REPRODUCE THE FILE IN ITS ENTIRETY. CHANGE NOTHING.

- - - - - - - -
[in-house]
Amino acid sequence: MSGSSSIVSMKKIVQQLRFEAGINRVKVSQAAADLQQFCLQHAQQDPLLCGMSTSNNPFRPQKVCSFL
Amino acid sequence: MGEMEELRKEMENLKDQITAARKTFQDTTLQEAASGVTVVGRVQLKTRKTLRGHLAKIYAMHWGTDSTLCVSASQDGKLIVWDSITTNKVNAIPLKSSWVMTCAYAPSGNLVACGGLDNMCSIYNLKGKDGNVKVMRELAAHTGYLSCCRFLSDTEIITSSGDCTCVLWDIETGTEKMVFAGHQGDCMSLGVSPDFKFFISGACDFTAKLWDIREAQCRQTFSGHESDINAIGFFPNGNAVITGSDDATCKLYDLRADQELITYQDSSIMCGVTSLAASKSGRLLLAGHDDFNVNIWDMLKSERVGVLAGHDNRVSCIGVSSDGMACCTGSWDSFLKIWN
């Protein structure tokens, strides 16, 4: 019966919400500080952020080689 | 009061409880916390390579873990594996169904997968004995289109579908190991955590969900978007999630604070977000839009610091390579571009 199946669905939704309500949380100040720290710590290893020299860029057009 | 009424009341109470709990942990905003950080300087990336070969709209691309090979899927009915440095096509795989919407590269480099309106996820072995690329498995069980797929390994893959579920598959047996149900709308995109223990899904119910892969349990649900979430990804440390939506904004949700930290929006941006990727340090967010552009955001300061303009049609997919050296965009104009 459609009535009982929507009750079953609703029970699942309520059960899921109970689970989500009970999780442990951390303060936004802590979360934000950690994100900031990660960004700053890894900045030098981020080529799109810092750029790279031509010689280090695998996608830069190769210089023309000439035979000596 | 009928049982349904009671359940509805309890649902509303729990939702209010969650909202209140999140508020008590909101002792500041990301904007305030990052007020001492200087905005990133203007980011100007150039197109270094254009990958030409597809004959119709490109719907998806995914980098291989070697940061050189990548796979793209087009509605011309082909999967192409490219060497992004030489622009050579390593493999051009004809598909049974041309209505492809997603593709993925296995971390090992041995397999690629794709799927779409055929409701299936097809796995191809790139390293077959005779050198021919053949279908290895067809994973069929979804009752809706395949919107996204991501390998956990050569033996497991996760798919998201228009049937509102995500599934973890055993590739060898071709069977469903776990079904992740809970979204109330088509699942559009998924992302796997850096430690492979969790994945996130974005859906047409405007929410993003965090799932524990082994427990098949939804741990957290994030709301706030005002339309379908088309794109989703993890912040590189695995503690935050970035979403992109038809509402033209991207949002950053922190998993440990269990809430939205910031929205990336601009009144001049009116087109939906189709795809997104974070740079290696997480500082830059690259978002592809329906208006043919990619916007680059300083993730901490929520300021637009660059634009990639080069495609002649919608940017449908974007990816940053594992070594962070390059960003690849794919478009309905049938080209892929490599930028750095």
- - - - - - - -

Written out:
[in-house]
Amino acid sequence: MSGSSSIVSMKKIVQQLRFEAGINRVKVSQAAADLQQFCLQHAQQDPLLCGMSTSNNPFRPQKVCSFL
Amino acid sequence: MGEMEELRKEMENLKDQITAARKTFQDTTLQEAASGVTVVGRVQLKTRKTLRGHLAKIYAMHWGTDSTLCVSASQDGKLIVWDSITTNKVNAIPLKSSWVMTCAYAPSGNLVACGGLDNMCSIYNLKGKDGNVKVMRELAAHTGYLSCCRFLSDTEIITSSGDCTCVLWDIETGTEKMVFAGHQGDCMSLGVSPDFKFFISGACDFTAKLWDIREAQCRQTFSGHESDINAIGFFPNGNAVITGSDDATCKLYDLRADQELITYQDSSIMCGVTSLAASKSGRLLLAGHDDFNVNIWDMLKSERVGVLAGHDNRVSCIGVSSDGMACCTGSWDSFLKIWN
């Protein structure tokens, strides 16, 4: 019966919400500080952020080689 | 009061409880916390390579873990594996169904997968004995289109579908190991955590969900978007999630604070977000839009610091390579571009 199946669905939704309500949380100040720290710590290893020299860029057009 | 009424009341109470709990942990905003950080300087990336070969709209691309090979899927009915440095096509795989919407590269480099309106996820072995690329498995069980797929390994893959579920598959047996149900709308995109223990899904119910892969349990649900979430990804440390939506904004949700930290929006941006990727340090967010552009955001300061303009049609997919050296965009104009 459609009535009982929507009750079953609703029970699942309520059960899921109970689970989500009970999780442990951390303060936004802590979360934000950690994100900031990660960004700053890894900045030098981020080529799109810092750029790279031509010689280090695998996608830069190769210089023309000439035979000596 | 009928049982349904009671359940509805309890649902509303729990939702209010969650909202209140999140508020008590909101002792500041990301904007305030990052007020001492200087905005990133203007980011100007150039197109270094254009990958030409597809004959119709490109719907998806995914980098291989070697940061050189990548796979793209087009509605011309082909999967192409490219060497992004030489622009050579390593493999051009004809598909049974041309209505492809997603593709993925296995971390090992041995397999690629794709799927779409055929409701299936097809796995191809790139390293077959005779050198021919053949279908290895067809994973069929979804009752809706395949919107996204991501390998956990050569033996497991996760798919998201228009049937509102995500599934973890055993590739060898071709069977469903776990079904992740809970979204109330088509699942559009998924992302796997850096430690492979969790994945996130974005859906047409405007929410993003965090799932524990082994427990098949939804741990957290994030709301706030005002339309379908088309794109989703993890912040590189695995503690935050970035979403992109038809509402033209991207949002950053922190998993440990269990809430939205910031929205990336601009009144001049009116087109939906189709795809997104974070740079290696997480500082830059690259978002592809329906208006043919990619916007680059300083993730901490929520300021637009660059634009990639080069495609002649919608940017449908974007990816940053594992070594962070390059960003690849794919478009309905049938080209892929490599930028750095």